Essays by Gabriel Stullman and Lara Rabinovich and recipe by Uri Scheft are excepted from The 100 Most Jewish Foods by Alana Newhouse (Artisan Books). Copyright © 2019.
By Gabriel Stulman
The best part of Passover is when it’s over.
When I was growing up, Passover was dominated by my mother’s side of the family, extremely observant Sephardic Jews from Morocco. My mom believed Passover was a holiday absolutely worth staying home from school for, though mostly so we could help clean the house of chametz—she gave my siblings and me toothbrushes to get into the corners of the carpet. The Seder always started with my grandfather Joseph and his wife, Perla—the “Joseph” of my restaurant Joseph Leonard and the “Perla” of my old restaurant Perla Cafe. Everyone wore caftans and djellabas. Each passage of the Haggadah was read in Hebrew, with Sephardic rhythms and Moroccan songs. There was a break after every single passage for debate, which took place in several different languages.
We kept kosher, so I always brought my own lunch to school. But my brown-bag lunches that week were different. Even my Jewish friends couldn’t believe it: “Your mom makes you eat matzo all week?” And let me tell you: Eating a peanut butter and jelly or turkey sandwich with matzo is a hot mess.
But finally, when the sun set on the last day of Passover, it was time for Mimouna—which meant it was time for fun. And not only because I was at that point very sick of matzo. My grandmother would come over, and she and my mom would make all these different Moroccan pastries, filled with dates, prunes, and pistachios. But the highlight of Mimouna was always mufleta.
The best way to describe mufleta is as a thicker crepe or blintz. It’s not quite as thick as naan or as bready as pita. It’s a bit like a tortilla, except puffier. Think of Neapolitan pizza and the blackened, crisp, burnt part under the crust. The perfect mufleta is thirty seconds away from that pizza—right before it turns black.
My mom and my grandmother rolled out the dough, threw it in a cast-iron skillet, and cooked it until it blistered. They stacked the mufleta like pancakes and covered them with a big kitchen towel for later, when they’d be warm, spongy, and a little bit oily from all the butter. That was the secret: all the butter. (Every time you finish cooking one, you add butter, so that when you put the new dough in, it oils up the bottom half.)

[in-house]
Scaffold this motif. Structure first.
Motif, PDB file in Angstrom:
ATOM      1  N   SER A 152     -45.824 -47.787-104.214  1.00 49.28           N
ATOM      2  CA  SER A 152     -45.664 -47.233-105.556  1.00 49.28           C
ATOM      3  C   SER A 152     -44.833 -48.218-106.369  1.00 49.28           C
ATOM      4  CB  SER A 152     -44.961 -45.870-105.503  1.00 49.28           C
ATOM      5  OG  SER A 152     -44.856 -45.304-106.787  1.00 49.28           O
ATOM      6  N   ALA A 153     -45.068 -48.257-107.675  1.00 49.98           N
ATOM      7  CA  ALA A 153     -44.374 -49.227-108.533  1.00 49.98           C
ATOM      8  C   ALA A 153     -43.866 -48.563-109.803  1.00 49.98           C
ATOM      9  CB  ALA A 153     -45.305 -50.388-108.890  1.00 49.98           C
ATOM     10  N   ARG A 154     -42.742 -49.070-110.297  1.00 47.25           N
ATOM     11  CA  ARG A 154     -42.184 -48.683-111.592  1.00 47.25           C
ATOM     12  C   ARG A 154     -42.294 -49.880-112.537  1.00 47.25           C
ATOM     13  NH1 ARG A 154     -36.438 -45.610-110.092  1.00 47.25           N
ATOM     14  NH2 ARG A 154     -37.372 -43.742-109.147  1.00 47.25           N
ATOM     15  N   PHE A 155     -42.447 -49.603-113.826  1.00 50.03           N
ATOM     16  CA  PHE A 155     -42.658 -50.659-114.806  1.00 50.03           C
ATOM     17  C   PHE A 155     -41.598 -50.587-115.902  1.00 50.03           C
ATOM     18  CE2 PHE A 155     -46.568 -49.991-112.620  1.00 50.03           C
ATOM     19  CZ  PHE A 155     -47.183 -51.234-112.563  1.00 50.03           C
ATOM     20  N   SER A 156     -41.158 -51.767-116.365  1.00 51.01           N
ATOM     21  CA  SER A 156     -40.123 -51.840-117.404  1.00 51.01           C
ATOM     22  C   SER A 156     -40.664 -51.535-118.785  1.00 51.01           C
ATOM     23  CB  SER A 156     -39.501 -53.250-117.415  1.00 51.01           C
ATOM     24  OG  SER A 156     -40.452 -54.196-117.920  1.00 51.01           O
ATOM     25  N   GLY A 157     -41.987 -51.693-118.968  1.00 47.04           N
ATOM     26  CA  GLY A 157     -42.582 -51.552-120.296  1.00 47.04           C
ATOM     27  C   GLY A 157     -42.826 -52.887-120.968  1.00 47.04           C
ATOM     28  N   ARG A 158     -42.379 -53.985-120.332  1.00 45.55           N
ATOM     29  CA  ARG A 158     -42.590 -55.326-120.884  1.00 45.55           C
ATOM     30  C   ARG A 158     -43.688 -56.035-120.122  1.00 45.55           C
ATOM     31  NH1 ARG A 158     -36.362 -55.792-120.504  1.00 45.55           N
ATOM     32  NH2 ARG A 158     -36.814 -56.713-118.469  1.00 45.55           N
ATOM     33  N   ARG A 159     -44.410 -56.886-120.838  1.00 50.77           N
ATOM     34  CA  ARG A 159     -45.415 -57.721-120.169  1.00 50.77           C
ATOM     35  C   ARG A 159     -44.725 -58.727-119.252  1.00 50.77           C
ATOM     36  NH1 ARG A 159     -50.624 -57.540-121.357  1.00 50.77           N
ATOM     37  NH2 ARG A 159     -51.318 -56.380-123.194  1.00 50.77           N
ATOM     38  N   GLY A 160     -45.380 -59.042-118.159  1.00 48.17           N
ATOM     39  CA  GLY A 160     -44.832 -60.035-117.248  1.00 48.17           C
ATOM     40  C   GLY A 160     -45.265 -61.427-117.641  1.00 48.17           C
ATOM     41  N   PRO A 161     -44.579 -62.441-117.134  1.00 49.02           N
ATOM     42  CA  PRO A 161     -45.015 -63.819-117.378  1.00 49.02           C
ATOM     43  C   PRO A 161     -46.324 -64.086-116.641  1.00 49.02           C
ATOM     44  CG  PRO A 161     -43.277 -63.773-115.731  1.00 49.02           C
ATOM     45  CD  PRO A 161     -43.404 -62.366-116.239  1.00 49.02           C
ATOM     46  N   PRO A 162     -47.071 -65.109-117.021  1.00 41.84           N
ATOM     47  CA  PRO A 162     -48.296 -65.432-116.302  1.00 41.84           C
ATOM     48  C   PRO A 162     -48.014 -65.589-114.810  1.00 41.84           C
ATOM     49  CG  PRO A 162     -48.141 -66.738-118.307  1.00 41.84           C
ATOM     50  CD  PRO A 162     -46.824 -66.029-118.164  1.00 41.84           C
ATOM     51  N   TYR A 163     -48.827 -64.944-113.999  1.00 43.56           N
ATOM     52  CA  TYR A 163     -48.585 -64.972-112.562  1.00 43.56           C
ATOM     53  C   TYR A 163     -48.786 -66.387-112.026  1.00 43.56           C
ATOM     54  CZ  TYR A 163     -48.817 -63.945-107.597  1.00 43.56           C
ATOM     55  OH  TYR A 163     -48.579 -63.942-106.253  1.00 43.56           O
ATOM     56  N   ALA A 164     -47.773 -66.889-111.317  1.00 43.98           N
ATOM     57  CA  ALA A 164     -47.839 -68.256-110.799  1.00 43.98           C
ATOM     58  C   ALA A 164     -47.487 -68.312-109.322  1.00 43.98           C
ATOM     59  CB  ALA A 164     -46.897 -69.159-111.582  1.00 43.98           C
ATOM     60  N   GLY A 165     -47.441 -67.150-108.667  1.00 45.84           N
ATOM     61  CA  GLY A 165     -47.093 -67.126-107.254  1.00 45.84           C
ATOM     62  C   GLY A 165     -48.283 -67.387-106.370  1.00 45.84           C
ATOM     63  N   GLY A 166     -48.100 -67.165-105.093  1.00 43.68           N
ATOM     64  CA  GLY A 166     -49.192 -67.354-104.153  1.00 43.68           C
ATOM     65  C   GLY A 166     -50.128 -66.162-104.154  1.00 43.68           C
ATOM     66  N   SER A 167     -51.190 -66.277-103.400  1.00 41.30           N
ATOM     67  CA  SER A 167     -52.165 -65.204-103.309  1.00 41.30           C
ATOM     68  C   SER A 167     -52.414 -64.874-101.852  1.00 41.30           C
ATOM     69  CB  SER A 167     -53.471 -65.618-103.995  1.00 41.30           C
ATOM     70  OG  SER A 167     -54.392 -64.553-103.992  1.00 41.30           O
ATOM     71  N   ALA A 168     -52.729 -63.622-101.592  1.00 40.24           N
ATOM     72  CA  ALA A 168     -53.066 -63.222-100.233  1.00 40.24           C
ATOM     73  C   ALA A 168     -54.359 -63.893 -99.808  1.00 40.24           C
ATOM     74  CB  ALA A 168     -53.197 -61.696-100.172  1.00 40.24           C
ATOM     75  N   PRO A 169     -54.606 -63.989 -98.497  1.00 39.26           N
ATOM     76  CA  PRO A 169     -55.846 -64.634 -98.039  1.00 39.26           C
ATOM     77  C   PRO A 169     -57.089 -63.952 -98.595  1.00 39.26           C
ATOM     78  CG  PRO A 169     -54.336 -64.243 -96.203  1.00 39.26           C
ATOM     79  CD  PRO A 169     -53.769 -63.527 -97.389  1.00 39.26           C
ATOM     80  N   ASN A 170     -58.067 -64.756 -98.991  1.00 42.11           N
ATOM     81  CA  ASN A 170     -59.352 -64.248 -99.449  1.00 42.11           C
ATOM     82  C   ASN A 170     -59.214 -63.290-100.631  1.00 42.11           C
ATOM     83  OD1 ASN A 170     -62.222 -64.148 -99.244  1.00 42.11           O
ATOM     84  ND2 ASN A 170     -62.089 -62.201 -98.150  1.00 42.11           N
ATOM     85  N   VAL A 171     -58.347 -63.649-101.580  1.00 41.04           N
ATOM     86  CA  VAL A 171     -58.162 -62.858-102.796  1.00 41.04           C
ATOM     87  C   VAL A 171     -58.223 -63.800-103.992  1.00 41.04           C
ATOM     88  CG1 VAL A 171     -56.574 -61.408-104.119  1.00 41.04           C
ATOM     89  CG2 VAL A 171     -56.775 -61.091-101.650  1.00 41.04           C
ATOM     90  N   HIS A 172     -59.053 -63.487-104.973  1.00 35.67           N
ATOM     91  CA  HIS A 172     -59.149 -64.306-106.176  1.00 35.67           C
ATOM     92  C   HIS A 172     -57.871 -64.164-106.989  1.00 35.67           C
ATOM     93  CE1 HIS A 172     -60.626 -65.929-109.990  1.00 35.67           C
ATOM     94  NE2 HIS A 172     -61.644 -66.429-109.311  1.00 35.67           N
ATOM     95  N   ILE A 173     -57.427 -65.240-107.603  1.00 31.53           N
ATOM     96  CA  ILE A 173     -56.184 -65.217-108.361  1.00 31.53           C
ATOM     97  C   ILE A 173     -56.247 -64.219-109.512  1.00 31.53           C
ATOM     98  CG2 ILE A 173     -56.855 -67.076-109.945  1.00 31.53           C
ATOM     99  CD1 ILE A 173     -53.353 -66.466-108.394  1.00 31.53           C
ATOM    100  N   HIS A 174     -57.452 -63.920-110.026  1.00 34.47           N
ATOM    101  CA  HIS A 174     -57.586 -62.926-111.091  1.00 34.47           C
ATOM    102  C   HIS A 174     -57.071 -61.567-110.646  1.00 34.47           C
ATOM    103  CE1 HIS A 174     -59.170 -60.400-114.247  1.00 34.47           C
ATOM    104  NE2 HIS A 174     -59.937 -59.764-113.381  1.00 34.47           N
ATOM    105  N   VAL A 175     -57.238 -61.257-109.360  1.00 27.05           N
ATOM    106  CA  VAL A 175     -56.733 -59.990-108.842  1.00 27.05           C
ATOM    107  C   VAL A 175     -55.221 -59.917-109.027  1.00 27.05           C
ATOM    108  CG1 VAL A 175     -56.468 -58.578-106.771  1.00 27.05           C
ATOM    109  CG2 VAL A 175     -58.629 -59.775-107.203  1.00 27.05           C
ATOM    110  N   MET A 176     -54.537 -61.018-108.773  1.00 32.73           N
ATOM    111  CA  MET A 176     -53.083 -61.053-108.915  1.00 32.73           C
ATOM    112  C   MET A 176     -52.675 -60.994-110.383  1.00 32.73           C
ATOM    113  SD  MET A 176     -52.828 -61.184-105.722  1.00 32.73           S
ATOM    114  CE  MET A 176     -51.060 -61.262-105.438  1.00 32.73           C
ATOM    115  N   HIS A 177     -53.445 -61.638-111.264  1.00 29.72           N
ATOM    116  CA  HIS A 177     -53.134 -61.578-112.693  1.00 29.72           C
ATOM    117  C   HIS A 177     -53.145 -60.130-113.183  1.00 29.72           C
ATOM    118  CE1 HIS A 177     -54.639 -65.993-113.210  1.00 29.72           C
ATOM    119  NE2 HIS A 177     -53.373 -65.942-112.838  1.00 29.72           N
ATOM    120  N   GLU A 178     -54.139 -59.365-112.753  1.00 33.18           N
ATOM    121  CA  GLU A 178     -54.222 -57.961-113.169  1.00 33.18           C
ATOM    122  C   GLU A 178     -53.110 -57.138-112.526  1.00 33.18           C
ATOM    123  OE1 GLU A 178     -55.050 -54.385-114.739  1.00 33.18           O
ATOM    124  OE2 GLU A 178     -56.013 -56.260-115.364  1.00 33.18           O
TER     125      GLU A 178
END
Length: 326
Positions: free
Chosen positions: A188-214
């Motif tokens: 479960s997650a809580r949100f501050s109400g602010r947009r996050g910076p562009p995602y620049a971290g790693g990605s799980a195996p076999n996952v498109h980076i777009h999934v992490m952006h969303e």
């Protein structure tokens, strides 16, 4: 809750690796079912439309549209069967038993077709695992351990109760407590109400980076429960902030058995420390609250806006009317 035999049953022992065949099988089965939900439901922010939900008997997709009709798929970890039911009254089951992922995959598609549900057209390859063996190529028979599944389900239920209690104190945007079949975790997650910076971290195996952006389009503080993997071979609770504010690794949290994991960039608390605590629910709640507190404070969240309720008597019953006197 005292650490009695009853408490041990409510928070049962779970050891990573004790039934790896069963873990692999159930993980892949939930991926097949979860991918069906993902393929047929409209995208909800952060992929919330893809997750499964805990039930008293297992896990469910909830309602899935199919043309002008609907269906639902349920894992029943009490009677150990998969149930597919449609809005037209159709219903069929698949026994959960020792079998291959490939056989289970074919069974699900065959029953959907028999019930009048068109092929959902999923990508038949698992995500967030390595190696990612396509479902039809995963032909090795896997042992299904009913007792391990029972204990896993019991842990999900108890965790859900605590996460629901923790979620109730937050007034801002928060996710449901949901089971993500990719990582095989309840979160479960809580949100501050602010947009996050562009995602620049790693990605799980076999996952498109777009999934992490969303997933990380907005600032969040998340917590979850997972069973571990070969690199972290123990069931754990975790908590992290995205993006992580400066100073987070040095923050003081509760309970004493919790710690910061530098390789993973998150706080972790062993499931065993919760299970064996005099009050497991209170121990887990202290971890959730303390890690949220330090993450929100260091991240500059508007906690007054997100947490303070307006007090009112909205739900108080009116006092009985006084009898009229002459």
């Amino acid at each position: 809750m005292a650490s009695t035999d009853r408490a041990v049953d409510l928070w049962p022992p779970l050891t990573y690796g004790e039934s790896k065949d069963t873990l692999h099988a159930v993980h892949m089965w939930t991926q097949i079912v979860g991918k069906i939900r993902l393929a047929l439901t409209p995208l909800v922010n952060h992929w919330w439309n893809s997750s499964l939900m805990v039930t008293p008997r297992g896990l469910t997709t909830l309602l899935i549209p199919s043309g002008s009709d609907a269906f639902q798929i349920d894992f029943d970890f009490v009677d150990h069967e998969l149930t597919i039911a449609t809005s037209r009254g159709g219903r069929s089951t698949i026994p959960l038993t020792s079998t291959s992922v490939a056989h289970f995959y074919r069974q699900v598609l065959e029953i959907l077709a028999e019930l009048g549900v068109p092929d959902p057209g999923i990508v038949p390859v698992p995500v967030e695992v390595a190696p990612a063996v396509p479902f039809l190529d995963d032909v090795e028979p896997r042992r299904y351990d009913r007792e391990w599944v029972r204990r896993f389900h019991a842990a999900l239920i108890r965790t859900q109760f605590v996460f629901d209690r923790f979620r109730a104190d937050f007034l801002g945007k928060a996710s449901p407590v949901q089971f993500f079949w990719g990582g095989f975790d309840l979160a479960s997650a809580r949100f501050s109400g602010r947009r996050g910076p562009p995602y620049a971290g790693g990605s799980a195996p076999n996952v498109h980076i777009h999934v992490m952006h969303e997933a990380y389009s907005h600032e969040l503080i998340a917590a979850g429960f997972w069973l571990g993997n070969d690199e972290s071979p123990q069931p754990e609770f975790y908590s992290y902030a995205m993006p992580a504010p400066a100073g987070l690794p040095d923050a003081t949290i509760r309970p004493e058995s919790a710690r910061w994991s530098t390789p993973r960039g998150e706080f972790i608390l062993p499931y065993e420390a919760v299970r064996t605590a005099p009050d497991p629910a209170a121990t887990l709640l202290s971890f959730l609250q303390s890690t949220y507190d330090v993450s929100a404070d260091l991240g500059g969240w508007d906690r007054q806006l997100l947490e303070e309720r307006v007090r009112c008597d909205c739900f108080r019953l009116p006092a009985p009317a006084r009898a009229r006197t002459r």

And then there were the fillings. The most popular were apple and honey, of course—lavender-infused honey, chamomile-infused honey. Then you’d line the mufleta with apples or bananas. My mom made a chocolate spread similar to Nutella, and I’d spoon that in. And that was the meal. You would just eat sweets for an entire dinner.
I have all these great memories of just stuffing my face with mufleta, and they came rushing back to me last year. My wife and I were invited to eat at Per Se, and the pastry chef, Anna Bolz, wanted to do something to surprise us. She had James Lauer, the general manager at our restaurant Fairfax, get in touch with my sister for recommendations. My sister told James about mufleta. Anna looked it up online, studied the principles of the dish, and made an entire mufleta dessert course at Per Se. It was like that scene in Ratatouille when the critic takes the bite of ratatouille and gets zapped back to being a kid. That happened to me. I literally cried in the restaurant.
By Lara Rabinovitch
Items symbolizing luck are central to Mimouna, and the festive table is decorated with “an array of symbols that are basically variations on a theme,” explains Israeli historian Yigal Bin-Nun. Some families display a whole fish—even alive, swimming in a bowl of water—on the Mimouna table as a sign of good fortune, and also because the holiday is said to fall on the day when God parted the Red Sea for the Israelites to cross to freedom. Foods are often served in numerical groupings, such as seven green pea pods dotting a plate of flour to symbolize fertility and renewal. In some homes, Hanukkah gelt–like gold coins are strewn across the table.
Though the festival’s name is often thought to refer to the twelfth-century’s Rabbi Maimon (the father of Maimonides), Bin-Nun has uncovered folkloristic songs and historic sources that link it to the rituals of the Gnawa, a Sufi sect in Morocco whose adherents pray yearly through songs, parades, and ecstatic dancing to the goddess of luck, Mimouna. Sure enough, Bin-Nun says, during Jewish Mimouna celebrations, “songs are sung in honor of ‘Lady Luck.’ One of them is ‘Lala mimouna/mbarka masuda,’ which means ‘Lady Mimouna/lucky and blessed.’” The Arabic word mimoun also means “luck” or “good fortune.”